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This was a good cup of coffee, though the roast seemed a little. . . dark.  It didn’t taste burnt (think Starbucks) or bitter, by any means.  It simply tasted like it would benefit from a little something to smooth the edges. . . maybe a splash of cream.

Yup, that did the trick.  Now it was perfect.

PhotobucketThe verdict?

The coffee is good – very good.  It’s interesting and robust.  It’s even better if you put cream in your coffee – then the flavor just sings.  (I also made iced coffee, and even in January, it was fantastic!)  And there are several varieties from which to choose. 

At $16  for a 12-ounce package, though, it’s not your everyday coffee.  At least it’s not mine.  But we habitually pay around that much for our better weekend coffees, and this definitely falls into that category.

In addition, Marley Coffee is organically and ethically grown, is Fair Trade certified, and helps support agricultural families.  This is truly a company with a vision – and I do love a company that can produce a quality product and, of its own free will, give something back.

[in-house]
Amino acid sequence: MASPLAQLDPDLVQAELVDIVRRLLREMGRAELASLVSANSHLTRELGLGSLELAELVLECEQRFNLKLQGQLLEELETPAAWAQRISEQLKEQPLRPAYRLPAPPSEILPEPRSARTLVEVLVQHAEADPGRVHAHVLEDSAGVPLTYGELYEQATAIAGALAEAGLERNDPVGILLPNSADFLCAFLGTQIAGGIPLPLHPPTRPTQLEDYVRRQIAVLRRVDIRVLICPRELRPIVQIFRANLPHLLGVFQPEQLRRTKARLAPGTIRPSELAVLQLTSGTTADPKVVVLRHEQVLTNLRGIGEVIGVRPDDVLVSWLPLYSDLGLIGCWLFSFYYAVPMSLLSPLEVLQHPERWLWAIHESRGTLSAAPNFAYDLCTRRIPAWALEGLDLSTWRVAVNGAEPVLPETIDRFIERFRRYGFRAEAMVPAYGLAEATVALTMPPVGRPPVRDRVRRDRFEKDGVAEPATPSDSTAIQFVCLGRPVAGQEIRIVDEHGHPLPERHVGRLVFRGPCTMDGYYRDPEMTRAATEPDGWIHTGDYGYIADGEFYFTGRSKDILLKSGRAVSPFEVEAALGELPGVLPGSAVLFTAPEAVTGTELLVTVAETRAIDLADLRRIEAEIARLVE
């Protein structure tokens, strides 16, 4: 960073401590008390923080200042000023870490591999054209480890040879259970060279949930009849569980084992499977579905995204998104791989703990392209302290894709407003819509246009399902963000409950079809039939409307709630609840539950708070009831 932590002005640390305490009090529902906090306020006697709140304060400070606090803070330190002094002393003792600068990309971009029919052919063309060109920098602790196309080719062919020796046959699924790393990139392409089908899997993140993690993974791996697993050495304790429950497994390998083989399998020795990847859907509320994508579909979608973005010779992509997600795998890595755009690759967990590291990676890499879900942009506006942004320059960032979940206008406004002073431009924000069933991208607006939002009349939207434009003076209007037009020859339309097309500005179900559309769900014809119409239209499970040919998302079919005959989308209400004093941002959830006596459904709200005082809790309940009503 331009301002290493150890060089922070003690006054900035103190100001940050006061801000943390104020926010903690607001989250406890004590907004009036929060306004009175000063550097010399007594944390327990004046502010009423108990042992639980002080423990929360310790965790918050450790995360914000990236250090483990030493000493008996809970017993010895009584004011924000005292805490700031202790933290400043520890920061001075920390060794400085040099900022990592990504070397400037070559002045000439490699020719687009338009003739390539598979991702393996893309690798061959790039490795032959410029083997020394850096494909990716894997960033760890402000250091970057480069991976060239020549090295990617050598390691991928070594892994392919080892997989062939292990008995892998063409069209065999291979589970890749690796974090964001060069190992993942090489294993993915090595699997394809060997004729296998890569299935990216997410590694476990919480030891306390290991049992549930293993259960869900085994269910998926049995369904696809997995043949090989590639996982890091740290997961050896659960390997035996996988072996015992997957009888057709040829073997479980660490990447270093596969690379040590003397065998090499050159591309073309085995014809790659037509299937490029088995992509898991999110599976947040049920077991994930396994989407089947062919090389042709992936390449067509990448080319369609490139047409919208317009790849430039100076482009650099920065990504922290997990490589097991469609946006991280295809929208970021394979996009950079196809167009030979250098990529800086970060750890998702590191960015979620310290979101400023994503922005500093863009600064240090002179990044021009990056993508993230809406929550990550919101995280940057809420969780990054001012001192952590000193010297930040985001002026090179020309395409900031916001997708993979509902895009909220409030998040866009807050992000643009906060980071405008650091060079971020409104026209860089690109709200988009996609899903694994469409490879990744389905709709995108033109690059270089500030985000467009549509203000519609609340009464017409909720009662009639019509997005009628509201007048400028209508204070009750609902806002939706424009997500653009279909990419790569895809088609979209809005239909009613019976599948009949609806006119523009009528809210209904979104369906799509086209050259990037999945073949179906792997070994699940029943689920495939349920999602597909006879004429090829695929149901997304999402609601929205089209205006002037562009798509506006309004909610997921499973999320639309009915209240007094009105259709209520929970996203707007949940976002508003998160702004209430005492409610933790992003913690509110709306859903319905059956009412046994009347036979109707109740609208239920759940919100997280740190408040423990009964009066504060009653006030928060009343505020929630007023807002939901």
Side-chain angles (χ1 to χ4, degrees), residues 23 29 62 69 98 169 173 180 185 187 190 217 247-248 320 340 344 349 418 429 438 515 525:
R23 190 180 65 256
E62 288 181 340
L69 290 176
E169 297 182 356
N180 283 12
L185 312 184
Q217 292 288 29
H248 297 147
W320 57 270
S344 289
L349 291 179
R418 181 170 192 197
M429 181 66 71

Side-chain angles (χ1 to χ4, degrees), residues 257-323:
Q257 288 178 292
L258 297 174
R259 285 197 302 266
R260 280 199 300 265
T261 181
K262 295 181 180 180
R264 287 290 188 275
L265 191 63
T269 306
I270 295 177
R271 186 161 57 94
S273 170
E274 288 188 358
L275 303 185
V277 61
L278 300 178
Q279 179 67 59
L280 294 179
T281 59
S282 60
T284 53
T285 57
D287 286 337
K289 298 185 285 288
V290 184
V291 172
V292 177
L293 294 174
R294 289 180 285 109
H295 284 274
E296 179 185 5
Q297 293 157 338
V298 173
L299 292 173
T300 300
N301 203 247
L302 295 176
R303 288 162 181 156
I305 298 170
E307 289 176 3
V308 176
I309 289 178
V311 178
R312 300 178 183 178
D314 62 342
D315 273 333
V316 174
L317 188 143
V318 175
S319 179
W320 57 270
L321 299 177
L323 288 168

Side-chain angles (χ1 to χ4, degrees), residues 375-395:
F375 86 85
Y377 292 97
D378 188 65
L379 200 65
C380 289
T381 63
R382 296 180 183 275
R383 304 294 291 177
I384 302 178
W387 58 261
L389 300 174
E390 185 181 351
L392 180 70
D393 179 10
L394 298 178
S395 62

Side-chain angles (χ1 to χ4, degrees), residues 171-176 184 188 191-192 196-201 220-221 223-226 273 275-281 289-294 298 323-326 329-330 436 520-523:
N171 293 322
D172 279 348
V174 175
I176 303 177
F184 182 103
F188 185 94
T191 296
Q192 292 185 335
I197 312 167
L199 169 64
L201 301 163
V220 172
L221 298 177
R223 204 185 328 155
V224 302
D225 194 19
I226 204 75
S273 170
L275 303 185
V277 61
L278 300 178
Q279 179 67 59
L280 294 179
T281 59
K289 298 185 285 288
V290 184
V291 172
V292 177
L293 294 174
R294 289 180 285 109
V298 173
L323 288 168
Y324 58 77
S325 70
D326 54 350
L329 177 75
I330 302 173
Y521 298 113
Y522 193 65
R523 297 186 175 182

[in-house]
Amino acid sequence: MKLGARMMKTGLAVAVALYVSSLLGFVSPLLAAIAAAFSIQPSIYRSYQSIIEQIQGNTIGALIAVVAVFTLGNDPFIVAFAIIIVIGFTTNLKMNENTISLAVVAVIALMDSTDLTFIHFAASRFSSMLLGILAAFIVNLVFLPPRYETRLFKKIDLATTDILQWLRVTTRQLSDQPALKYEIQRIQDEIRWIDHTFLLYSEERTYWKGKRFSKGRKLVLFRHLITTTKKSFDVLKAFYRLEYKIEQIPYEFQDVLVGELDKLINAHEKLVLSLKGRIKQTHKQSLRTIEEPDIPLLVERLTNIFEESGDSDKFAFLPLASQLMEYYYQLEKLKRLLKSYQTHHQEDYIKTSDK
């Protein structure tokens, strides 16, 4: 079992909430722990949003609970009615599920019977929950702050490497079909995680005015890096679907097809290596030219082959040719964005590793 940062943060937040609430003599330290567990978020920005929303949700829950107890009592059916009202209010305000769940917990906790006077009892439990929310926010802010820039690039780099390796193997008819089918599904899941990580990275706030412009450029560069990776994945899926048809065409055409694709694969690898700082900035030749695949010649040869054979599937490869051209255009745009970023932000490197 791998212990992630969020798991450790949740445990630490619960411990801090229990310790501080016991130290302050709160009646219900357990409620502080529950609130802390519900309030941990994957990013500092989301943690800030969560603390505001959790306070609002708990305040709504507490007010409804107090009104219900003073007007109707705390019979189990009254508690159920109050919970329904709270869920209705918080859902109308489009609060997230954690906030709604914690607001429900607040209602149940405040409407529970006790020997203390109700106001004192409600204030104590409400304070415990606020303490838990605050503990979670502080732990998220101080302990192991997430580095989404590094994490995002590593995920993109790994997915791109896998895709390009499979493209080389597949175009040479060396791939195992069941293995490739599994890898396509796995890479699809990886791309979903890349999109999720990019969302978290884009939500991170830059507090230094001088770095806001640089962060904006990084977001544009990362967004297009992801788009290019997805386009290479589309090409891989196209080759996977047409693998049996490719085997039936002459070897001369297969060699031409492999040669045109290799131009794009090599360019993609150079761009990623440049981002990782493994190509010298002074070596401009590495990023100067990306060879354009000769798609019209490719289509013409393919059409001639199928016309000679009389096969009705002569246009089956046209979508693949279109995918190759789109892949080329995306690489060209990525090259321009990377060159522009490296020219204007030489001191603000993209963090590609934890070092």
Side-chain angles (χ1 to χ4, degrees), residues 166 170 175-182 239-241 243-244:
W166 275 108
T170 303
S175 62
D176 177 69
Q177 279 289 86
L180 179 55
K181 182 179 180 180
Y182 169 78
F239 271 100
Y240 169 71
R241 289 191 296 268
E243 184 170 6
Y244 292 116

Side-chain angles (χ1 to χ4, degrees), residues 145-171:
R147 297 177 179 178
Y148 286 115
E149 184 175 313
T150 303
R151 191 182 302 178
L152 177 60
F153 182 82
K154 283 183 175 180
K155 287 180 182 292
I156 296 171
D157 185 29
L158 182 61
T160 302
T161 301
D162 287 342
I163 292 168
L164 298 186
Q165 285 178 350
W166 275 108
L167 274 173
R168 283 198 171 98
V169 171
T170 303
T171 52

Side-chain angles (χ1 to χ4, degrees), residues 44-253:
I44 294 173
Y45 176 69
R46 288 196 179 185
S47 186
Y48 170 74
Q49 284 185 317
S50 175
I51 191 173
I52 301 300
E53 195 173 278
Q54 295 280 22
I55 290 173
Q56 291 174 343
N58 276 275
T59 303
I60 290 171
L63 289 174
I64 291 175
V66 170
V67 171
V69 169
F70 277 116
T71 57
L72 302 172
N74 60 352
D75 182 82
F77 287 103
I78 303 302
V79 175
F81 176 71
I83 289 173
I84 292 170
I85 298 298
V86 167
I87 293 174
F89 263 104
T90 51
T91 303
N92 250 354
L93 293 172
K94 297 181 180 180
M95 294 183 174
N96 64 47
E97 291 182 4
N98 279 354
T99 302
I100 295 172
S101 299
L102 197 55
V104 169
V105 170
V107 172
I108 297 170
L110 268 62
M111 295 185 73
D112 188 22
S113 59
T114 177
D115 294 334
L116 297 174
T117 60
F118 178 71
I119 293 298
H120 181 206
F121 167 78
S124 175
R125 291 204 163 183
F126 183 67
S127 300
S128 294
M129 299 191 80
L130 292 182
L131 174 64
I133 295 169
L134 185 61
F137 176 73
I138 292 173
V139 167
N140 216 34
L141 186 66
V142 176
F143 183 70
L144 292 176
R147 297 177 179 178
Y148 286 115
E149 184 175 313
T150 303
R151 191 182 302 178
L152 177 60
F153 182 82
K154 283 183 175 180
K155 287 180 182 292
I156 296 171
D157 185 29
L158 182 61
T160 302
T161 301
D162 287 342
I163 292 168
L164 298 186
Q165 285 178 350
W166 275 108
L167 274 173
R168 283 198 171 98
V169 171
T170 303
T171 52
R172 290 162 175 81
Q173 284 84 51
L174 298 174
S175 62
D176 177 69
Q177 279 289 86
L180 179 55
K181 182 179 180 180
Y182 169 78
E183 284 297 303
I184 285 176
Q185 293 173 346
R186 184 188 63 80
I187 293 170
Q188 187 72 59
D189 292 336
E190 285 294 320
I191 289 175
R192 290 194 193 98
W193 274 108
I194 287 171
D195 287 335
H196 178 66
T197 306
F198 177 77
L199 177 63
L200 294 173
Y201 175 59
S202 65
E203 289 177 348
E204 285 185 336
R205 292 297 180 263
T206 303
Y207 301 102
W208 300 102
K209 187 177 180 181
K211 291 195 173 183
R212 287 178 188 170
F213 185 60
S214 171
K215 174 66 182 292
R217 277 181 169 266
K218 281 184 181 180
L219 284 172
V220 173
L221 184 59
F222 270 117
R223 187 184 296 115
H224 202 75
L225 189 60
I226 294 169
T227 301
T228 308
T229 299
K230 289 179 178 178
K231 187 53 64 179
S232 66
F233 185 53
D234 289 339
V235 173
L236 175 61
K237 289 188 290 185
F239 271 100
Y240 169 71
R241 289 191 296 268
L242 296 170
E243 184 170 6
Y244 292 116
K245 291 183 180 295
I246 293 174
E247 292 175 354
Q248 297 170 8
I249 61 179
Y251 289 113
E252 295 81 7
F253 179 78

Grape Ape November 9, 2010

Posted by Toy Lady in Cooking, Food, random stuff, Review.
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First thing first – Cooking Dot Com asked me to review a product – any product – for a chance to win a gift certificate, so I’m going to tell you about the sorbet I made using our ice cream maker attachment to the stand mixer.

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By the way.  The reason they asked me?

I “Liked” them on Facebook.  Evidently, one can “follow” Cooking Dot Com on Twitter, too, but I don’t go there.

So now that that’s out of the way, we can talk about the real reason we’re here – concord grapes!

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The first thing we did in preparation for this sorbet was to make a simple syrup – equal parts sugar and water, kind of melted together.  We melt the sugar into a syrup to make it easier to dissolve into the cold fruit.  This is a simple matter of heating about a cup and a half of sugar in a cup and a half of water – and since we were heating it, why not infuse a sprig or so of thyme?  Interesting . . .

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You remember how we dealt with the fresh concord grapes last year, right? Well, although I still had some grapes in the freezer, I went ahead and bought more.

What can I say?  I’m a sucker for fresh produce in season.

The only thing is that, although we ran them through the food processor, I still wanted to further process the grapes, so we ran them through the blender as well.